Anything worth having takes effort. A beautiful home. A successful business. A deep friendship. A happy family. There are no shortcuts. But that doesn’t mean it has to be a battle. Yes, you have to put in your time and effort, and with a good process, what is worth having can be yours. Anything worth having is worth the effort.
Pizza is an important food in both Diem’s and Michael’s lives. Diem often would have personal pizza parties with her daughter, niece, and nephew, each building their version of the perfect pizza. Michael and his daughter held a weekly Saturday pizza making routine from her earliest days of being able to climb onto a stool to help at the counter until she left for college.
When you are working with pizza dough, you start out with a bowl of lumpy, sticky, gooey dough and you know there is no way that is going to turn into anything good. The seasoned pizza chef, or anybody who has made their own pizza dough at least once, knows that with some patience, a few additions of a little more flour now and then, some more patience, a few minutes of kneading, and a bit more patience, that lumpy, sticky, gooey mess becomes a smooth, silky ball of yeasty dough ready to be transferred into a bowl, covered with a towel, set in a warm corner of the kitchen, and grow into the dough that will ultimately be tossed, or rolled, or turned into the perfect pie, waiting for just the right toppings to be added to make that week’s version of the perfect pizza. It takes practice. It takes patience. It takes a process, but it’s worth it.
Another thing making good pizza takes is trust - trust in that process. Just as with the beautiful friendships and happy homes, there are no shortcuts. Michael learned that they day he tried making pizzas as a thank you to friends for allowing him to spend a week at their house. The occasion would be a build your own pizza party for his hosts, himself, and six others. He was working in an unfamiliar kitchen without his usual brands of yeast and flour. Adding those variables and the crunch of having everything proofed and formed in time for the main event to the usual stress of the process should have made him more conscious of the need to trust the process. Of course he didn’t and when came the time that everyone was expecting to bite into a perfect pizza, they had instead, something to bite into that was more akin to perfectly topped large round crackers.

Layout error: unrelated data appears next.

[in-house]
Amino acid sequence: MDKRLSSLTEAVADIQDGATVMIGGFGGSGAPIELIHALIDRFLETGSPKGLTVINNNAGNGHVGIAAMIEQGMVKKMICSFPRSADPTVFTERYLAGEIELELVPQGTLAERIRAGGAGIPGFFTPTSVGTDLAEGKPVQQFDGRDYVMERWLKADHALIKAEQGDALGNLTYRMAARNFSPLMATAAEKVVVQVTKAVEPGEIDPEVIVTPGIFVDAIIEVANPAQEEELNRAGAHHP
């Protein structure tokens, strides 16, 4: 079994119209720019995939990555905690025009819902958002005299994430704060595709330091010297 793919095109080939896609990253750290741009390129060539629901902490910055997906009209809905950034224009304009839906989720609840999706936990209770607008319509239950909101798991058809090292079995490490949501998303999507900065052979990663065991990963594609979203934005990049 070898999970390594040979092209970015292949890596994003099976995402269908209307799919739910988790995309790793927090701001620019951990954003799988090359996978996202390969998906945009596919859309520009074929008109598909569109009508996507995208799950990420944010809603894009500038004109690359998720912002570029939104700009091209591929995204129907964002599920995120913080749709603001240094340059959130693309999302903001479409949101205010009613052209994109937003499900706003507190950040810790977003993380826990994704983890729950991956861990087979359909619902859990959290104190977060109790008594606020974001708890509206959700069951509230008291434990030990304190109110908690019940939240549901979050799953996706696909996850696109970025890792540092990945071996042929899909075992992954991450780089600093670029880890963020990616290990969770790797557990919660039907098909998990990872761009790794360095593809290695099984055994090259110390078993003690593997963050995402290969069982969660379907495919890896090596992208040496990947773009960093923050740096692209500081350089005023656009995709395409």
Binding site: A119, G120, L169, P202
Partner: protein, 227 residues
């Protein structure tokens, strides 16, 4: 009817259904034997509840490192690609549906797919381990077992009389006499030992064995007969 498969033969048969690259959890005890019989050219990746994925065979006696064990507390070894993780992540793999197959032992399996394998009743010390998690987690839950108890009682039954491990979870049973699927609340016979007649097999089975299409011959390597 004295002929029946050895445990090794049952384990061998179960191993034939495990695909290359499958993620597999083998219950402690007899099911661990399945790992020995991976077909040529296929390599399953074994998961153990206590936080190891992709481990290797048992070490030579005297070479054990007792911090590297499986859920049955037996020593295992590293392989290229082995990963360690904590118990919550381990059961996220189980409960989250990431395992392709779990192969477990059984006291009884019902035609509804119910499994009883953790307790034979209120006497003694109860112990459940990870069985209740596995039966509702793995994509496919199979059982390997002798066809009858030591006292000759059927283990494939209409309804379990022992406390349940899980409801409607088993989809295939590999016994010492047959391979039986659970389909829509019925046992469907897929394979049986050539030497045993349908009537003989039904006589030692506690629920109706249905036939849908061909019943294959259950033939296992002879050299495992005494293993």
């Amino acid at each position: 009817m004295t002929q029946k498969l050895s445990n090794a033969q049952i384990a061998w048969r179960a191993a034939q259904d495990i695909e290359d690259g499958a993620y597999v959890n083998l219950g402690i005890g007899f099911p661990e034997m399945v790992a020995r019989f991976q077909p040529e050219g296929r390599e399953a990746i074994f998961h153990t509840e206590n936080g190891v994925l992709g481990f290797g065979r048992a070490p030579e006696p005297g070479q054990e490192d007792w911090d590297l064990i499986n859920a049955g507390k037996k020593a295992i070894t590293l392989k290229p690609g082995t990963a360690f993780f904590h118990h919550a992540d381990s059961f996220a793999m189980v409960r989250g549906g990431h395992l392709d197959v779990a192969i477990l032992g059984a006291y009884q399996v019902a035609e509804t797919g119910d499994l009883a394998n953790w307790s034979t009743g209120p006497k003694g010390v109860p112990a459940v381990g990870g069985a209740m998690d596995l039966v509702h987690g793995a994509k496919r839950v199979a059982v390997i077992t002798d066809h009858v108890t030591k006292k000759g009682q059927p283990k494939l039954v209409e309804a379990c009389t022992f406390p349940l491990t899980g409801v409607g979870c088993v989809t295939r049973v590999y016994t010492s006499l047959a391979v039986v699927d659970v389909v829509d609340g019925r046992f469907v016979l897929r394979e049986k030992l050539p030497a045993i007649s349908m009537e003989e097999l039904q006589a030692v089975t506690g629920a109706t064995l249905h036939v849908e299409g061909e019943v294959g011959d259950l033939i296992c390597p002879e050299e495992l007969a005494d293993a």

It’s the same way with cultivating a friendship, growing a family, or living a life. There is a process to follow that makes getting it right almost automatic. Knowing when to add a little more love, or a little more discipline, knowing how long to work at smoothing the edges and knowing when to stop and let something grow on its own are the steps to those processes. Those are the steps that cannot be rushed, cannot be hurried, and certainly cannot be skipped. They make the processes that make a life a life worth living.
There are no shortcuts. You put in your time and effort and you trust in the process, and what is worth having will be yours. Even a good life. And yes, even a good pizza!